"We've seen a lot of success at the state level, particularly starting with Oklahoma in 2017," said Morgan, citing Dakota Access Pipeline protests as the motivation behind the aggressive lobbying effort. "We're up to nine states that have passed laws that are substantially close to the model policy that you have in your packet."
Big Oil is now using its political power to try and criminalize protests of oil & gas infrastructure.— Friends of the Earth (@foe_us) August 19, 2019
"This legislation has potential to punish public participation and mischaracterize advocacy protected by the First Amendment."https://t.co/bmiHjONEhy
The audio recording comes just months after Texas Gov. Greg Abbott signed into law legislation that would punish anti-pipeline demonstrators with up to 10 years in prison, a move environmentalists condemned as a flagrant attack on free expression.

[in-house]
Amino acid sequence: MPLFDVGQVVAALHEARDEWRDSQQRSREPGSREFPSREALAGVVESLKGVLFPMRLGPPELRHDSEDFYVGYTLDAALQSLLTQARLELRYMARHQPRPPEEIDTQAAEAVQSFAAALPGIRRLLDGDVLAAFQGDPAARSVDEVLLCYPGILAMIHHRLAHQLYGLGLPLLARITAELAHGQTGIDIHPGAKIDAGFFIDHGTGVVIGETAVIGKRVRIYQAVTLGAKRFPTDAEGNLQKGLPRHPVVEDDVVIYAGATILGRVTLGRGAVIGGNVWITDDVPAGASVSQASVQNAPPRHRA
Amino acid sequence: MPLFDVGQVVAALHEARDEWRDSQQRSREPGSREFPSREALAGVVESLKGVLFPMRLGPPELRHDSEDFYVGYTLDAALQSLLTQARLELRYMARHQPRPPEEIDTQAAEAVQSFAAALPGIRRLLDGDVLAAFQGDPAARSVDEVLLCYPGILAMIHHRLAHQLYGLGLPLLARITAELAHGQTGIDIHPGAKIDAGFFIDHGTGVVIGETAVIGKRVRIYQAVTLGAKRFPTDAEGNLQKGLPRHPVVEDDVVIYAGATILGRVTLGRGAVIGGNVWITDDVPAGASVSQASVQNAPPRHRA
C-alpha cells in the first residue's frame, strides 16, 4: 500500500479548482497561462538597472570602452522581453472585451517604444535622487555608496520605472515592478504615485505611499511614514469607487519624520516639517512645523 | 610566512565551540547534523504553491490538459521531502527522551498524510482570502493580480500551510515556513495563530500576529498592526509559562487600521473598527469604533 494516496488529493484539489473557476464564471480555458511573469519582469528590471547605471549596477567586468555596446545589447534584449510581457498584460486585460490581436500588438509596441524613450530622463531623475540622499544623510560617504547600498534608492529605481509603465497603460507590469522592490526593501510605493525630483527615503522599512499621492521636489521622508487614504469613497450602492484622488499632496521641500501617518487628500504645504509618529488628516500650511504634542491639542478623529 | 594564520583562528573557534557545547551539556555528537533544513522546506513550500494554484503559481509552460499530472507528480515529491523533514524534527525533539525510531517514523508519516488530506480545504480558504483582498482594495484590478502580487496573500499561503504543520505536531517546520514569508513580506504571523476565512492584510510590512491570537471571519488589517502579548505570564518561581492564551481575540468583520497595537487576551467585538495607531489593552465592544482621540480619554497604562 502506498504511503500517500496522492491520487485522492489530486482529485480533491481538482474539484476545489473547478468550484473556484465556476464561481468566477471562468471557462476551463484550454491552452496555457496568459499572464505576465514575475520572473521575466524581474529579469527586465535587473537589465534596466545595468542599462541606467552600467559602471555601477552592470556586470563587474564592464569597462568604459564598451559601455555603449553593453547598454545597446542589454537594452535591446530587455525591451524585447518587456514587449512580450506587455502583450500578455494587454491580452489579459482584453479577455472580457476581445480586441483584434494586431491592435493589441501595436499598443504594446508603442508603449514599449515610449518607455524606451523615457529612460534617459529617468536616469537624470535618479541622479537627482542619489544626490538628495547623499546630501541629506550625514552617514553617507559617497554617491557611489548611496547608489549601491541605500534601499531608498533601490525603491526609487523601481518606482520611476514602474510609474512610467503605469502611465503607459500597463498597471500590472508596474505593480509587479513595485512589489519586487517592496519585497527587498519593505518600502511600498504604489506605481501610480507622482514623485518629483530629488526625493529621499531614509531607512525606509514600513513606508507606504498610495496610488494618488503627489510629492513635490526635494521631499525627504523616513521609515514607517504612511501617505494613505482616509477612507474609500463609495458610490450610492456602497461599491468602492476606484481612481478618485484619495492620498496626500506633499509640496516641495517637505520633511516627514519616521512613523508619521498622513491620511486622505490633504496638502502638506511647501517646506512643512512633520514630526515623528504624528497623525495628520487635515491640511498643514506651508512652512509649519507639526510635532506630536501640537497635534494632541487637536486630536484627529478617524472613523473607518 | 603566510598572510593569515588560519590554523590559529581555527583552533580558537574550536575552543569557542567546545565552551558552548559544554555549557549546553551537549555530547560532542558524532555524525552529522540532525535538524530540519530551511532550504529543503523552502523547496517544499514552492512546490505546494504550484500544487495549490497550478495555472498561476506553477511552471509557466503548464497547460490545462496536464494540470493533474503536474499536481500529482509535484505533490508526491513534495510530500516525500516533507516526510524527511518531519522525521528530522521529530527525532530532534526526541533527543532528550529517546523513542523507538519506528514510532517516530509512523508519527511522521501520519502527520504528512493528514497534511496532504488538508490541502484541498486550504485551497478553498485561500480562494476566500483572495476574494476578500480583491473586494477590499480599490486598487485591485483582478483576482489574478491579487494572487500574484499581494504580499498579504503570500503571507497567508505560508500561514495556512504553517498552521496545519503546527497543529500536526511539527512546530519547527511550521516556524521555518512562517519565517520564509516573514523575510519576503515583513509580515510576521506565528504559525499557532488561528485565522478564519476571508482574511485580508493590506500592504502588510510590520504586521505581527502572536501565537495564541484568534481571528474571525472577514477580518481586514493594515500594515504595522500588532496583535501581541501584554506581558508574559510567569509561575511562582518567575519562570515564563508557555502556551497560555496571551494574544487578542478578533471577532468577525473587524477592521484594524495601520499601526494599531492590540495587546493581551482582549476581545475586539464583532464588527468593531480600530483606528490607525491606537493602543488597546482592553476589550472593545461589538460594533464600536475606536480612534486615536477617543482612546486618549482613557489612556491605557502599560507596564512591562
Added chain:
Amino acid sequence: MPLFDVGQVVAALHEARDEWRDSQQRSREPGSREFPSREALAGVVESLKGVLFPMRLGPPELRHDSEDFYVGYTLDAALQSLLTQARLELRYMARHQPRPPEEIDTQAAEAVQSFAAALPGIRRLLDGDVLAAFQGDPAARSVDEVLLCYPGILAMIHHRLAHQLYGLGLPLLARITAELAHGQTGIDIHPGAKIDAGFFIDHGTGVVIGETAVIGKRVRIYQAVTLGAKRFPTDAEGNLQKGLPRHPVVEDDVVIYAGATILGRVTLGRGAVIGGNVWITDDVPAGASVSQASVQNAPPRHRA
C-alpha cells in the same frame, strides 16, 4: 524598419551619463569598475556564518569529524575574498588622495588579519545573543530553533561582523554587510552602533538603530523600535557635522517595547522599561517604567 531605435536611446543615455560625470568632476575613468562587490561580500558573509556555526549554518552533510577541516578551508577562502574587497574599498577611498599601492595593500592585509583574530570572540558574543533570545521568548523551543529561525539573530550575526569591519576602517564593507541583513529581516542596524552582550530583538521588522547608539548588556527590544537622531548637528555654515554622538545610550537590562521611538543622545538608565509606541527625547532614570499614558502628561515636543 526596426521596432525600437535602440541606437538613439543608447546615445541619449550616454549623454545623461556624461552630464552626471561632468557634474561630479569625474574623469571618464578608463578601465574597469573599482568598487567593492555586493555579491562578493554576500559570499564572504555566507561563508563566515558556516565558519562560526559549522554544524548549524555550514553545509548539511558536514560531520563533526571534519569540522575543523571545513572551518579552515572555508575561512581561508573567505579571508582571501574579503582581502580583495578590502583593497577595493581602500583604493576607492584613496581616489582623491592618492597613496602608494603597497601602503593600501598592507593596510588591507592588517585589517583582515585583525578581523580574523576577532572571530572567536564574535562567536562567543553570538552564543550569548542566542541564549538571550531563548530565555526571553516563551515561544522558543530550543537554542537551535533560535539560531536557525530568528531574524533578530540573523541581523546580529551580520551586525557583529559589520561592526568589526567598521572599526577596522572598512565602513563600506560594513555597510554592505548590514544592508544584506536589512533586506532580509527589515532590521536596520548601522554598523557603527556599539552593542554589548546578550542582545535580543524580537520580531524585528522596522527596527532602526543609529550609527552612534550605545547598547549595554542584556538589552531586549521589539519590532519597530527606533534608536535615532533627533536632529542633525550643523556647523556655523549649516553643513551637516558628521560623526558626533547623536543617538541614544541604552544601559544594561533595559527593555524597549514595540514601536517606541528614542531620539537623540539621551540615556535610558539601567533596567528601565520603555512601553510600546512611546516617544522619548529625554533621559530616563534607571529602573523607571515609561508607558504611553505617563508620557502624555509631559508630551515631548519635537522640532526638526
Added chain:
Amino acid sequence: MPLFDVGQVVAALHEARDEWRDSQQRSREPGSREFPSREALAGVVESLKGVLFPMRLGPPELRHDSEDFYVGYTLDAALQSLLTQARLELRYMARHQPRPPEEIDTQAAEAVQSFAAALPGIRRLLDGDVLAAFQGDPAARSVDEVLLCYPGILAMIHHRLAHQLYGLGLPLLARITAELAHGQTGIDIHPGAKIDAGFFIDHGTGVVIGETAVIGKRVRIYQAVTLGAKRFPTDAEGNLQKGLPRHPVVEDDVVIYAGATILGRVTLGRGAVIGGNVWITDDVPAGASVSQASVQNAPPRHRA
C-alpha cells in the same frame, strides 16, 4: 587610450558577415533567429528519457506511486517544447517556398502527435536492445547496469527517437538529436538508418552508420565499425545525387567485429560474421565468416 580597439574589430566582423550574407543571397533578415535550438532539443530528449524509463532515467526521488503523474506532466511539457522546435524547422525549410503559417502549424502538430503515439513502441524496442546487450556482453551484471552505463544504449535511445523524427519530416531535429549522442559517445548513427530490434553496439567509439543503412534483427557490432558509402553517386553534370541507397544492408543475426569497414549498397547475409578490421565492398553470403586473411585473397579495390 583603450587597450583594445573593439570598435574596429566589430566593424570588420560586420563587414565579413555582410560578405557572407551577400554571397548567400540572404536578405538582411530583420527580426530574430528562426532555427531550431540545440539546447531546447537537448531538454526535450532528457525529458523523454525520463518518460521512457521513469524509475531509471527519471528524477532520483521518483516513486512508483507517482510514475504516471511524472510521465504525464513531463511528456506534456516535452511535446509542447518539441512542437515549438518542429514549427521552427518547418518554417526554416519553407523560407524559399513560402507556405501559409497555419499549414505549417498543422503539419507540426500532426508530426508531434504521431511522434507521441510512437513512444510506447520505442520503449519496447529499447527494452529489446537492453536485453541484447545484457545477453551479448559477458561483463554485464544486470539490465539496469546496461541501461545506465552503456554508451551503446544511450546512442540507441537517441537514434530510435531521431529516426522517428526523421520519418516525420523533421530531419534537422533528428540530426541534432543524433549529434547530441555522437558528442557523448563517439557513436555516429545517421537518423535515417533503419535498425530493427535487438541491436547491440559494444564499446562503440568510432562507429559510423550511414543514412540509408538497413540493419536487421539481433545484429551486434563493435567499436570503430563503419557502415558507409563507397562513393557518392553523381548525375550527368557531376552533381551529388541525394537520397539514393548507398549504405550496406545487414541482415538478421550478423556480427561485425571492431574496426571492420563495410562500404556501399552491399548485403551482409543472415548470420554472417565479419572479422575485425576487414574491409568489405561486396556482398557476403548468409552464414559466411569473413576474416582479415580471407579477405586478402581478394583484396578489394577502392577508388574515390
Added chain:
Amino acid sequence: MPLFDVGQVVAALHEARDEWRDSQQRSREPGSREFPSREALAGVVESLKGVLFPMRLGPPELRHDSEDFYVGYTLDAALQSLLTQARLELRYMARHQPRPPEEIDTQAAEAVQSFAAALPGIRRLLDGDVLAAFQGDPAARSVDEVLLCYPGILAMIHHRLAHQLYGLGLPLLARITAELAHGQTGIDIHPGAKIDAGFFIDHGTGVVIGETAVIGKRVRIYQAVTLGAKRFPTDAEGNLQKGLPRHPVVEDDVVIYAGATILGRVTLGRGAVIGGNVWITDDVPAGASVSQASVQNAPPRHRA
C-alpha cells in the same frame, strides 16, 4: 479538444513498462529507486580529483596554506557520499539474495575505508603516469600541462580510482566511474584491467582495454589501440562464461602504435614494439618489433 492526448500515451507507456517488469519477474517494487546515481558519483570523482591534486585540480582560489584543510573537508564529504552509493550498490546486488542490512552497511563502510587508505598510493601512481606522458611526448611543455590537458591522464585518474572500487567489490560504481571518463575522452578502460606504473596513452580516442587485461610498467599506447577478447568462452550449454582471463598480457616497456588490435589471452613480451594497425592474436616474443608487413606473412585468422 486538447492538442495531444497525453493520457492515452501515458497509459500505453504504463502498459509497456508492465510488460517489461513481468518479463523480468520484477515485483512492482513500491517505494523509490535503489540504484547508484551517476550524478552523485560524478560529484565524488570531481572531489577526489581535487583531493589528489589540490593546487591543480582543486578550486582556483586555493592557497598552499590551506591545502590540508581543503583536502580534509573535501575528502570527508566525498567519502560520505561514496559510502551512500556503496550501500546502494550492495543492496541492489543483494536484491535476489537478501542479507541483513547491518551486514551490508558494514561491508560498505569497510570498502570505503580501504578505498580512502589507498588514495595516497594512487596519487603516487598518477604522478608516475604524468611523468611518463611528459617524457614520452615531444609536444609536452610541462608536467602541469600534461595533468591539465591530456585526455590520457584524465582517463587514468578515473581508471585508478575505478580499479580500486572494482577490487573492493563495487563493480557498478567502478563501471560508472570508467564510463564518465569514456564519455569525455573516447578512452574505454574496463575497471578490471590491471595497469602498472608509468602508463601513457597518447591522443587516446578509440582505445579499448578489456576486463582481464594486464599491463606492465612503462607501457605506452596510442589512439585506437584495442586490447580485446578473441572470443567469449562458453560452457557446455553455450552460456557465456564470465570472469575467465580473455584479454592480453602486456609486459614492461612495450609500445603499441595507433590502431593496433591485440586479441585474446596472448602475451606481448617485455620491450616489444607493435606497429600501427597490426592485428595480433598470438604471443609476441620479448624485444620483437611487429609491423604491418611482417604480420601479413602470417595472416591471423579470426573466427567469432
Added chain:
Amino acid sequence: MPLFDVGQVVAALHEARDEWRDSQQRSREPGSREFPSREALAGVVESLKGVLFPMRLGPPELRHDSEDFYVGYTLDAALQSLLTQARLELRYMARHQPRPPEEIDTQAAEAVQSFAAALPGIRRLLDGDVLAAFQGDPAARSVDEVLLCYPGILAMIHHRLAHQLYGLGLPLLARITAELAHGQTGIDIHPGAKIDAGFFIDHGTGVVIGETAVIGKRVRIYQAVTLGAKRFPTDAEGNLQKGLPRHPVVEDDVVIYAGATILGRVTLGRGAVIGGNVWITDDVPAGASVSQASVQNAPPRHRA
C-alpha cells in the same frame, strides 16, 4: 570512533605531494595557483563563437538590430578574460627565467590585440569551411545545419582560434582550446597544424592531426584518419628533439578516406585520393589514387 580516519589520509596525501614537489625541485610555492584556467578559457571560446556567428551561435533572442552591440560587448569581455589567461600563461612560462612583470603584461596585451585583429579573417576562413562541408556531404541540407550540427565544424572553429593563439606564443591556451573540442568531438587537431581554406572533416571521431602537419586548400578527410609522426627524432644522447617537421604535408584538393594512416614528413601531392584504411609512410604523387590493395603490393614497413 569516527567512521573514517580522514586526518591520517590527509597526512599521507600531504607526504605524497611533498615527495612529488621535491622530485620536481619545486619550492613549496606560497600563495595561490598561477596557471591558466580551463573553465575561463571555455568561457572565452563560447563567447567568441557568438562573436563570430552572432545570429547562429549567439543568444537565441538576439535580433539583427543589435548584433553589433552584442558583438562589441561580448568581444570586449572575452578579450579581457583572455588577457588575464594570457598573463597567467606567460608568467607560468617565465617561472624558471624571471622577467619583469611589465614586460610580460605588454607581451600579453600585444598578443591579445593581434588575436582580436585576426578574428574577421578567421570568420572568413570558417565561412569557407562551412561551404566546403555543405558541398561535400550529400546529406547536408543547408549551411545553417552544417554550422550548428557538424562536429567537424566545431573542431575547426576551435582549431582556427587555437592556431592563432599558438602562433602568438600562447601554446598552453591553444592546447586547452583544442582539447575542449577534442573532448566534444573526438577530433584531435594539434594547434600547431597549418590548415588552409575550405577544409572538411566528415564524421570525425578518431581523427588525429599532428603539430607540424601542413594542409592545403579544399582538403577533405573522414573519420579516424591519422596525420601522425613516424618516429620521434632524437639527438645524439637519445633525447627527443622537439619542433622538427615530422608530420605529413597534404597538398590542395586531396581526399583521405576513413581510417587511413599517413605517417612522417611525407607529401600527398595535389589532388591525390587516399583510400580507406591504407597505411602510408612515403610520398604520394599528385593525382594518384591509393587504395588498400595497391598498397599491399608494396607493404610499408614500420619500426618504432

"Big Oil is hijacking our legislative system," Dallas Goldtooth of the Indigenous Environmental Network said after the Texas Senate passed the bill in May.
As The Intercept's Lee Fang reported Monday, the model legislation Morgan cited in his remarks "has been introduced in various forms in 22 states and passed in ... Texas, Louisiana, Oklahoma, Tennessee, Missouri, Indiana, Iowa, South Dakota, and North Dakota."
"The AFPM lobbyist also boasted that the template legislation has enjoyed bipartisan support," according to Fang. "In Louisiana, Democratic Gov. John Bel Edwards signed the version of the bill there, which is being challenged by the Center for Constitutional Rights. Even in Illinois, Morgan noted, 'We almost got that across the finish line in a very Democratic-dominated legislature.' The bill did not pass as it got pushed aside over time constraints at the end of the legislative session."
Many of the state bills restricting the right to protest have been "drafted by companies and passed through groups like ALEC, the secretive group of corporate lobbyists trying to rewrite state laws to benefit corporations over people." @greenpeaceusa https://t.co/ZxpTjWdrwT— Stand Up To ALEC (@StandUpToALEC) May 6, 2019
Reposted with permission from our media associate Common Dreams.